Alcoa Foundation: Grants for Conservation

OVERVIEW: Alcoa is a multinational metals corporation, one of the largest producers of aluminum in the world. It also happens to be the most generous corporation in the country relative to profit, according to one analysis. About half of its programmatic giving goes to the environment.  

IP TAKE: Alcoa gives to a mix of conservation, environmental education, recycling, and sustainability projects. Proposals channel through the local Alcoa offices. 

PROFILE: Alcoa is a massive, global metals company, but it also nabbed the recognition of giving the highest percentage of annual profits away, according to the most recent analysis by the Chronicle of Philanthropy. To be specific, it gave away 12 percent in 2013 (compared to Walmart’s stingy 1.3 percent). The company has a highly developed corporate responsibility program, and one of two programmatic themes is the environment.

To be clear, half of corporate giving is local or regional, driven by corporate branches on the ground in communities. But the other half goes specifically to two programmatic priorities—education and the environment.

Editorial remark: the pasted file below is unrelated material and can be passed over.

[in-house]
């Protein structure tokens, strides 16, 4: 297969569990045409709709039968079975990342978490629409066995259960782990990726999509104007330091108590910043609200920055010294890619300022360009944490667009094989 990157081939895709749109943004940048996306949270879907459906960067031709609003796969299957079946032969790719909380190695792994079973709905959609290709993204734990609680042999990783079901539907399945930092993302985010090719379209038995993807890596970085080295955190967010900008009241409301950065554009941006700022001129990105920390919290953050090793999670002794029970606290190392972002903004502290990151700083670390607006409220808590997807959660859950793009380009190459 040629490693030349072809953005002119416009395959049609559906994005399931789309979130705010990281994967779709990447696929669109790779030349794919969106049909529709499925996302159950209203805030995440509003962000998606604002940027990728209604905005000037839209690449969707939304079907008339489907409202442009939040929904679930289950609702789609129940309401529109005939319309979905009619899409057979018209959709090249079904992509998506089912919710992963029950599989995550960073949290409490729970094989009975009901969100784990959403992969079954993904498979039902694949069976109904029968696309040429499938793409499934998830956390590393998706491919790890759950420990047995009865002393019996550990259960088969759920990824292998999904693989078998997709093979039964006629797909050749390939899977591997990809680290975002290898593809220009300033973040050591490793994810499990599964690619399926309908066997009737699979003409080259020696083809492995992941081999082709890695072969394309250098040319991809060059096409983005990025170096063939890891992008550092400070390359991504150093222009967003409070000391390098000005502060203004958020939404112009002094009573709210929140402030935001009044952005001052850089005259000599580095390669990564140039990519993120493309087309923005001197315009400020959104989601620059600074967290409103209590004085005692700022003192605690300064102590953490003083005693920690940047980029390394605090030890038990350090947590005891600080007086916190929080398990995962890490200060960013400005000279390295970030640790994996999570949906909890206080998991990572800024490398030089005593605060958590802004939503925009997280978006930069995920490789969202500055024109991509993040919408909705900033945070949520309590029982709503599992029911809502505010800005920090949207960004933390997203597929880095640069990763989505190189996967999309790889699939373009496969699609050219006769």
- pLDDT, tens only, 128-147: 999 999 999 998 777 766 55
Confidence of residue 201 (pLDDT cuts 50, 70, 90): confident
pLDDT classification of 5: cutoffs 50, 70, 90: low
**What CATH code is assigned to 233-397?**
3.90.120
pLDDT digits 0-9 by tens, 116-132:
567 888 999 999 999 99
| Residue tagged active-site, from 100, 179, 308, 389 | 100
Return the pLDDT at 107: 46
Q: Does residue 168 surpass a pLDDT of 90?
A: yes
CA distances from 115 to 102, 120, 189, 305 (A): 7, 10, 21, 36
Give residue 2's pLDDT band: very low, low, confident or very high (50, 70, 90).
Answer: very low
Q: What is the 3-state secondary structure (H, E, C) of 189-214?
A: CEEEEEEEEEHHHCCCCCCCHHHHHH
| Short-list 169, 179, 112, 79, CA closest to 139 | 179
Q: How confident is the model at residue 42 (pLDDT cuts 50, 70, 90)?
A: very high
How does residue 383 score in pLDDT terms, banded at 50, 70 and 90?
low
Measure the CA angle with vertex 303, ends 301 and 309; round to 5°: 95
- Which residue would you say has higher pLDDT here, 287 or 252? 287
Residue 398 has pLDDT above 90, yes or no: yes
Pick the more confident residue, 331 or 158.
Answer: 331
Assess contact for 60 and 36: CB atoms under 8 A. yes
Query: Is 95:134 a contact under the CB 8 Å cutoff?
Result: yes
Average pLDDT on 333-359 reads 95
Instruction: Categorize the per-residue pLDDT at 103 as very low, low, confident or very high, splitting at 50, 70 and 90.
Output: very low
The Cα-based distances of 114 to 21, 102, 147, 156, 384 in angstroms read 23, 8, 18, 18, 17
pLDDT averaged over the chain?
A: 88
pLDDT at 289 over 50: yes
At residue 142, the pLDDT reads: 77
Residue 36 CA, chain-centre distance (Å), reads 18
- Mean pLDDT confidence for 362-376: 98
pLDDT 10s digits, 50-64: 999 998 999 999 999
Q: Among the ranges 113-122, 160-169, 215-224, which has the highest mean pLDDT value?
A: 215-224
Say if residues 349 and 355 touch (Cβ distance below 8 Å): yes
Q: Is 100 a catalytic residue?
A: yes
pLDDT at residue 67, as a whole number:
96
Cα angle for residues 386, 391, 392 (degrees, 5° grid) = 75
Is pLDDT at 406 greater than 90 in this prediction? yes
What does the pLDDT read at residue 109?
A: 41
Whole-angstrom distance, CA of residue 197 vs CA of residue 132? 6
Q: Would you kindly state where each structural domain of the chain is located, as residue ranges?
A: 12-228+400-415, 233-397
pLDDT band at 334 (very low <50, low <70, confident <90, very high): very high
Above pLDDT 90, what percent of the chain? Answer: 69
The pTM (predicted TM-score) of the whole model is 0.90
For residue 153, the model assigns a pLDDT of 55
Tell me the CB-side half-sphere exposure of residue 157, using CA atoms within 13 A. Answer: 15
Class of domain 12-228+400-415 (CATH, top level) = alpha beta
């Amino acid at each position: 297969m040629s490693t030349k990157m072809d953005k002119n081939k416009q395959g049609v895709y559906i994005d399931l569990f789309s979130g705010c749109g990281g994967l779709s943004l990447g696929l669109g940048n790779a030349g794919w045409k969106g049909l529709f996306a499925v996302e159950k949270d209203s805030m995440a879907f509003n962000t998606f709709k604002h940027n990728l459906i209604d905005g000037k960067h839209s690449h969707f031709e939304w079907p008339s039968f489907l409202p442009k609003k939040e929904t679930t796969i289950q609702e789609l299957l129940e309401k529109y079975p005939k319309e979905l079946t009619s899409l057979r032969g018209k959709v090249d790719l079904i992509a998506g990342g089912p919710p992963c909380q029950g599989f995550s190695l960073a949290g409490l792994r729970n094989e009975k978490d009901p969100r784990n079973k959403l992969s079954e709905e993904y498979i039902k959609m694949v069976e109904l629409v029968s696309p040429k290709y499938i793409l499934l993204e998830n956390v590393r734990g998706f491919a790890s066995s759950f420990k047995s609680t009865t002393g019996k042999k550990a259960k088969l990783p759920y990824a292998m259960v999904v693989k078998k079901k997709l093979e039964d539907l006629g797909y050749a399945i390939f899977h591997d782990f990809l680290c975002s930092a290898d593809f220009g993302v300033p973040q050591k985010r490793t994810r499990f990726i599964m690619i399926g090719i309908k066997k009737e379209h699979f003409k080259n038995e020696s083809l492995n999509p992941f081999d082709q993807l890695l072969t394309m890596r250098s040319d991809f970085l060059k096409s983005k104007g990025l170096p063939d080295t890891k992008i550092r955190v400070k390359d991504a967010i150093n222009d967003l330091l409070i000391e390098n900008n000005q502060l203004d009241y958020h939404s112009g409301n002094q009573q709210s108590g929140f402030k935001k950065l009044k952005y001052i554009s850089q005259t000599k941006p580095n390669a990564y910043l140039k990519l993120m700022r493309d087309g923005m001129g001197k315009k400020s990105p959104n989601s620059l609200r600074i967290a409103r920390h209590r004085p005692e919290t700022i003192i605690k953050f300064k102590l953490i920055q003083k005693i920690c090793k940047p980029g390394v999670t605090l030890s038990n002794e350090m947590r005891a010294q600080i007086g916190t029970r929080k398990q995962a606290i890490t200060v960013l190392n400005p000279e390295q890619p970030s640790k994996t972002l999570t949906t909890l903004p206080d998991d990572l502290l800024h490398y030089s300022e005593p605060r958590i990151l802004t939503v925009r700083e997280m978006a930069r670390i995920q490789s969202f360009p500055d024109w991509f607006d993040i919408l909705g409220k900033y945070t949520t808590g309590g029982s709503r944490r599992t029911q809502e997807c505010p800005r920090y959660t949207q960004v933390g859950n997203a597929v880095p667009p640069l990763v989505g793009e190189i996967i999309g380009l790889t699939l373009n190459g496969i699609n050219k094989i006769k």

That boils down to about $10 million in giving annually, with about a third of that going to programs in the United States. Here are some recently funded efforts:

  • Environmental education, through groups like the Girl Scouts and Earthwatch Institute. 
  • “Replenish,” which is a combination of restoring forests, greening cities, and restoring and conserving landscapes and water systems.
  • Recycling programs, an appropriate outlet for the third-largest aluminum producer in the world. This has involved one partnership with the Central Park Conservancy. 
  • The rest goes to a mix of sustainable design and transportation, reducing carbon emissions, and resource use, and other efforts.

One of the best things about Alcoa’s giving is that it’s not one of those corporations that limits giving to a few high-profile projects that it can slap the company name all over (although there are a couple of those). Quite a few programs are funded at smaller levels, and many of those are community projects.

In fact, grants all go through the local offices, so grant seekers are encouraged to start out by getting in touch with the Alcoa facility closest to them to begin the discussion of a proposal (see link below).

There is also a wealth of information about what drives the program and how it measures success, through its website, annual reports, and investment portfolio.


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